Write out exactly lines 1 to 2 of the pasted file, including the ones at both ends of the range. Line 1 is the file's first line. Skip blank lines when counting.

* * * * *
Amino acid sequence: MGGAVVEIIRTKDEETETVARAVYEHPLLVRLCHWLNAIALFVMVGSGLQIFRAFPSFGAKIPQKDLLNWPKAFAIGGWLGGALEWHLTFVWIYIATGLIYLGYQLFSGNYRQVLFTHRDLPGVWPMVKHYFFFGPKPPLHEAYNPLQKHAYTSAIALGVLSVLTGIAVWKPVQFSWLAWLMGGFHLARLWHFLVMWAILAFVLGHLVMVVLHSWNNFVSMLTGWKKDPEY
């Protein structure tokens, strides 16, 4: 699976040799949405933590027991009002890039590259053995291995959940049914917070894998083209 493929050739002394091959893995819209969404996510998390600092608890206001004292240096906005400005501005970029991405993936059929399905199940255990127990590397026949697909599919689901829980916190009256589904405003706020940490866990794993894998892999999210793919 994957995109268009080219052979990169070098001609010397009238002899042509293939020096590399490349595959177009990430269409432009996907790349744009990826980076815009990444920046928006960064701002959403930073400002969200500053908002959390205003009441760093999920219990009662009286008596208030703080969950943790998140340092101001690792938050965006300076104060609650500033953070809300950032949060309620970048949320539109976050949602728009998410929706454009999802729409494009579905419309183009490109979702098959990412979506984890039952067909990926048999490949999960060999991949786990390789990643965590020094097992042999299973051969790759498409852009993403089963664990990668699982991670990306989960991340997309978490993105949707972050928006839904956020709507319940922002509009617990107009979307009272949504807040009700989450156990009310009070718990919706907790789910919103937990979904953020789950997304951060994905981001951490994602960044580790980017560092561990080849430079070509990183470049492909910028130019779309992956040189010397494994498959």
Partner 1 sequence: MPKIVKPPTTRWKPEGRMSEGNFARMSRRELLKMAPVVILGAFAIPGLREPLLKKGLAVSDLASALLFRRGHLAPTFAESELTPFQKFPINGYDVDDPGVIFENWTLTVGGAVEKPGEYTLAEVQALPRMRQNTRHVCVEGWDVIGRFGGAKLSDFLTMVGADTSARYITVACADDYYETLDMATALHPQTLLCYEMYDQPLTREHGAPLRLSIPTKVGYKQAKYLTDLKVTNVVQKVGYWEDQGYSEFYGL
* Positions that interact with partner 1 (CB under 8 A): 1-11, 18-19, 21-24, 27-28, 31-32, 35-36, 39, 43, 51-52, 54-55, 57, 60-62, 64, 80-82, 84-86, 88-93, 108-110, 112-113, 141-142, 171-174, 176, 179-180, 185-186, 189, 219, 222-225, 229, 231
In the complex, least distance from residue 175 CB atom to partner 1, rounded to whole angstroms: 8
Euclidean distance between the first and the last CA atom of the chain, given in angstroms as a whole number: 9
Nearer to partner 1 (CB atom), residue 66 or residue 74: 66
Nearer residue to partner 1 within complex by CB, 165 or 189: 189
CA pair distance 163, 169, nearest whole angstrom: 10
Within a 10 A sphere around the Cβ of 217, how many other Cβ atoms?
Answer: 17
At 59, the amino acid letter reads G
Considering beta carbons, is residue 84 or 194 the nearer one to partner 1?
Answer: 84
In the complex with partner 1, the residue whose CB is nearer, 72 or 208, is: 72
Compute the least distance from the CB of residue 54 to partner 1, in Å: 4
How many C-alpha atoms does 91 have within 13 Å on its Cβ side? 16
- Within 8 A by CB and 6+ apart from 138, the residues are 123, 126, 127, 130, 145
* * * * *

Amino acid sequence: MGGAVVEIIRTKDEETETVARAVYEHPLLVRLCHWLNAIALFVMVGSGLQIFRAFPSFGAKIPQKDLLNWPKAFAIGGWLGGALEWHLTFVWIYIATGLIYLGYQLFSGNYRQVLFTHRDLPGVWPMVKHYFFFGPKPPLHEAYNPLQKHAYTSAIALGVLSVLTGIAVWKPVQFSWLAWLMGGFHLARLWHFLVMWAILAFVLGHLVMVVLHSWNNFVSMLTGWKKDPEY
């Protein structure tokens, strides 16, 4: 699976040799949405933590027991009002890039590259053995291995959940049914917070894998083209 493929050739002394091959893995819209969404996510998390600092608890206001004292240096906005400005501005970029991405993936059929399905199940255990127990590397026949697909599919689901829980916190009256589904405003706020940490866990794993894998892999999210793919 994957995109268009080219052979990169070098001609010397009238002899042509293939020096590399490349595959177009990430269409432009996907790349744009990826980076815009990444920046928006960064701002959403930073400002969200500053908002959390205003009441760093999920219990009662009286008596208030703080969950943790998140340092101001690792938050965006300076104060609650500033953070809300950032949060309620970048949320539109976050949602728009998410929706454009999802729409494009579905419309183009490109979702098959990412979506984890039952067909990926048999490949999960060999991949786990390789990643965590020094097992042999299973051969790759498409852009993403089963664990990668699982991670990306989960991340997309978490993105949707972050928006839904956020709507319940922002509009617990107009979307009272949504807040009700989450156990009310009070718990919706907790789910919103937990979904953020789950997304951060994905981001951490994602960044580790980017560092561990080849430079070509990183470049492909910028130019779309992956040189010397494994498959």